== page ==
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Robinson's expectations for this football season are to bring fun back to the game

PIONEER PHOTO: CONNER WILLIAMS  - Colton's new football coach, Brynie Robinson, poses for a photo outside of the Colton High School gym on July 13. Less than a week into his new job, he organized a weeklong overnight camp at the high school to allow
him and his players the chance to get to know one another before preseason practices begin.

Brynie Robinson didn't waste any time getting the ball rolling after he was hired as Colton's new football coach.

Just a few days after he was hired on July 4, he organized a weeklong overnight camp for his players at Colton High School, giving himself and his players a chance to bond and to get some work in.

"I feel like he has helped the team bond and grow together," Seth Bruesch, returning senior tight end/defensive back said.

"The camp he put together was a great time and helped us get to know some of our teammates we didn't talk to as much. I feel this closer bond will improve not only all of our relationships, but our teamwork and play on the field," Bruesch said.

Robinson, 31, took a year off from coaching last season after serving as head coach for Vashon Island High School in the Seattle area in 2015, where he led the team to a 4-6 record.

Despite coaching in Seattle, Robinson still lived in Silverton – where he currently lives and works as a financial advisor – and lived in Vashon Island during the football season, sometimes out of the back of his truck before being able to move into one of his assistant coaches' basement. He just wanted to coach somewhere, and he was willing to do whatever it took.

After the 2015 season, Robinson was involved in a car crash on I-5, where he suffered a leg injury that took a few months to recover from. He took the 2016 season off and followed his brother at Churchill, watching the games from the sidelines.

Much of his coaching experience was gained under his father, Robby Robinson, who has coached high school football in 13 states and won state championships in two, including one as Silverton's head coach in 1990. His brother, AJ Robinson, is currently the head coach at Churchill High School in Eugene, and Brynie said his coaching style, and some of his gameplans, draw influence from AJ and Robby.

For example, Robinson said his offense is going to be a mix of the veer and the spread, which sounds to me like we could be seeing some cool Tim Tebow-like action from returning senior quarterback Dawson Hall, who has both the speed and the arm to pull off some big plays under that kind of offense.

"We've worked on it a bit; coach [Robinson] said he's had a lot of success with it before and I'm pretty excited to be running a lot more and see how it all works out," Hall said.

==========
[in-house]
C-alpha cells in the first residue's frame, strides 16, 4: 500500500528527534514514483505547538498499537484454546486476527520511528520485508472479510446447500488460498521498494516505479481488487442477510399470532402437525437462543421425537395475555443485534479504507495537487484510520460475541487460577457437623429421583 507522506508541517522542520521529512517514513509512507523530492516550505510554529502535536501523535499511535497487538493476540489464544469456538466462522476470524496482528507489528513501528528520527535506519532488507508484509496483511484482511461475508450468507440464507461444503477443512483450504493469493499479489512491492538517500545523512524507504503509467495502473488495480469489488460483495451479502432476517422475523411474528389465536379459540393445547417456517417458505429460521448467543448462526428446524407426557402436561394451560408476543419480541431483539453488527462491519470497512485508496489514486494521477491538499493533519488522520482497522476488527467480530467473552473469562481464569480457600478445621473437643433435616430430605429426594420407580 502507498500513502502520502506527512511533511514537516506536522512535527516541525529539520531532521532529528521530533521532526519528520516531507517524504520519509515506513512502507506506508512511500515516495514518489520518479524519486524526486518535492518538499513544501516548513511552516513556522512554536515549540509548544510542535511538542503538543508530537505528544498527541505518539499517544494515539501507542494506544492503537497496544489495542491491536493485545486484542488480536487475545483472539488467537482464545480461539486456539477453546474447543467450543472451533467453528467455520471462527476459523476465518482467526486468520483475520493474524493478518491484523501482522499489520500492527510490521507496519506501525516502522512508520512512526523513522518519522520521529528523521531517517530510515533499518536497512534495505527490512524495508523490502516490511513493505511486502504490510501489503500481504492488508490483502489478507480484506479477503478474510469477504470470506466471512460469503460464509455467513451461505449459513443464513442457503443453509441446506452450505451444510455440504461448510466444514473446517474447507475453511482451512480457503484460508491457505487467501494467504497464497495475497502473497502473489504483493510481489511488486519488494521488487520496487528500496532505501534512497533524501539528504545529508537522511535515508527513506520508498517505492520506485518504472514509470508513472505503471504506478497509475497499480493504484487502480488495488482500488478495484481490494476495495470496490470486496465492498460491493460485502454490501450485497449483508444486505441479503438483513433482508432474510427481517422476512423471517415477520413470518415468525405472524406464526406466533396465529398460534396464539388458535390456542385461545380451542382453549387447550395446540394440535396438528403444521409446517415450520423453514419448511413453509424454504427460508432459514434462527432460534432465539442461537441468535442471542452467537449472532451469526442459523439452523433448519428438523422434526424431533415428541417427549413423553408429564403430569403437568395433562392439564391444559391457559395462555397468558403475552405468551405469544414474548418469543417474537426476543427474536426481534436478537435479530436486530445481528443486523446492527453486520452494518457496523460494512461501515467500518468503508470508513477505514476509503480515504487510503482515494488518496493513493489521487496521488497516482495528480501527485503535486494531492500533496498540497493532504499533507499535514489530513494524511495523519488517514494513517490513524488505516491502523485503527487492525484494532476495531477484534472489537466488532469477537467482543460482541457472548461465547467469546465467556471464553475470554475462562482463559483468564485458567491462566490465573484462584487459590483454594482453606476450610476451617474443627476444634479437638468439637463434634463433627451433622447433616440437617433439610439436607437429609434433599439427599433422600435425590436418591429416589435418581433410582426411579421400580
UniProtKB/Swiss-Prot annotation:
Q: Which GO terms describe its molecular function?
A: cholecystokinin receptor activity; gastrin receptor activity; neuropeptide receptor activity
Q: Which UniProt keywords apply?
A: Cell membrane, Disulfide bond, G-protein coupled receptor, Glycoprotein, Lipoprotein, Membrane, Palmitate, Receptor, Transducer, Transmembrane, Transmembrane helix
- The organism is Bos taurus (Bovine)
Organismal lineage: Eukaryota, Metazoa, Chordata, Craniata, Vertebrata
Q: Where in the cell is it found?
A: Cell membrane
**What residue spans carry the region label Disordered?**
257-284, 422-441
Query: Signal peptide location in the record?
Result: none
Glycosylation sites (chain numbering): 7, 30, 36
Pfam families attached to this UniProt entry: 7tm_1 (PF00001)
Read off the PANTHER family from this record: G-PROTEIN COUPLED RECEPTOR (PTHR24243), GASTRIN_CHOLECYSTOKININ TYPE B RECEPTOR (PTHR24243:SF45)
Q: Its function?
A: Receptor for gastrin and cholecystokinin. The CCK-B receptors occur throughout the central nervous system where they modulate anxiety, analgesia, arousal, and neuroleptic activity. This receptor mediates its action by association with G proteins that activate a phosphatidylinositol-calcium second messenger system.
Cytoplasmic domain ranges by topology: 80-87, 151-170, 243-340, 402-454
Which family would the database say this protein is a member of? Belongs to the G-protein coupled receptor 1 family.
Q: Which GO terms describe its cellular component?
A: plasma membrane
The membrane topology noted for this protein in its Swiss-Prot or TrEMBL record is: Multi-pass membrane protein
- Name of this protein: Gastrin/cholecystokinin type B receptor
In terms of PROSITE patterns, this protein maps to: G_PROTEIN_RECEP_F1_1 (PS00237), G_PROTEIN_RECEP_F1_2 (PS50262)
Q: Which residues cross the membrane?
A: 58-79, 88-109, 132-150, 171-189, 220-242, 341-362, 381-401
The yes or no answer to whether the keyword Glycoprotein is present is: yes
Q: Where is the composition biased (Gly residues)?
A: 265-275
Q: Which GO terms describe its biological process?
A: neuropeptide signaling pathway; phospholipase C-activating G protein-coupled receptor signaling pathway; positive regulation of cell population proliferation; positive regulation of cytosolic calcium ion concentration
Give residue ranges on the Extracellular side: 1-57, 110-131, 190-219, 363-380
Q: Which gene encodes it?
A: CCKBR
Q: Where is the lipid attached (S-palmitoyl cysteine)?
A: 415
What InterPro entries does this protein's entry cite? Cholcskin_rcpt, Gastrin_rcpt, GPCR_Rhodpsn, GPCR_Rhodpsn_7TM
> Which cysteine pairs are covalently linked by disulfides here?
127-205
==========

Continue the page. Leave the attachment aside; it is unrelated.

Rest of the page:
"Coach [Robinson] is a lot different from Leighton," Hall said. "So far he seems to focus on staying positive and having fun this season."

"He's changing up how we run stuff a bunch, which will be interesting to see what happens but I think the team as a whole is happy with our new coach," he said.

Robinson said his coaching philosophy revolves around having fun playing the game of football, and he believes that when fun starts to happen, success will follow. He also thinks of football as a way to develop players into men.

"We treat football as a 'man factory,'" Robinson said. "I think football is a man factory, and the goal is to get them to be better men, God willing, better husbands and fathers."

"When I played, it wasn't as fun as I wanted it to be, so I wanted to do it a little differently if I was going to be a coach," he said.

So Robinson got right to work trying to incorporate fun into his program as he launched a weeklong overnight camp at CHS just days after being hired. I visited Robinson and the team last week, where the cafeteria was strewn with tents, sleeping bags, and TVs complete with Xbox hookups along the walls as the team ate lunch after their morning practice.

Robinson's camp went from last Monday through Friday, and each day consisted of three practices; two of them being fun practices, while the other was more serious and used for season prep.

"It's been a blessing having the kids jump into the water," Robinson said when asked how things are going so far with the team. "We talked about not just dipping their toes in, but jumping in, doing a jackknife, getting it all in right away."

Robinson said he's most looking forward to the development of his players, while he's a little bit concerned about the program's depth. His goal is to get the numbers to 50 over the next few years.

"The hope is that the fun aspect of it is like a sweet aroma, and enticing allure to other people in the school," Robinson said of growing the program.

"I think just being authentic is going to build those relationships," he said. "The goal is to just be better each day."

For this season, Robinson said he is a "big fan of wins over losses," but he wants to build a more competitive spirit at Colton, "develop the inner lion," as he put it.

He said he doesn't have any expectations for this year other than fun.

His coaching staff so far includes Shawn Moyer-DeMarre at defensive coordinator, Micah Farmer as the defensive backs coach, Tony Kafoa as the running backs coach, Chris Ward as the quarterbacks coach, Mike Hall as the wide receivers coach and offensive assistant, Mike Phillips as the defensive line coach, and former Colton wrestling coach Kerry Benthin as the offensive line coach.

The Vikings' schedule on the Oregon School Activities Association website only has five games listed so far. They're currently listed to start the season at Vernonia on Sep. 1 at 7 p.m.


Conner Williams
Sports Reporter/News Contributor
503-829-2301 ext. 341
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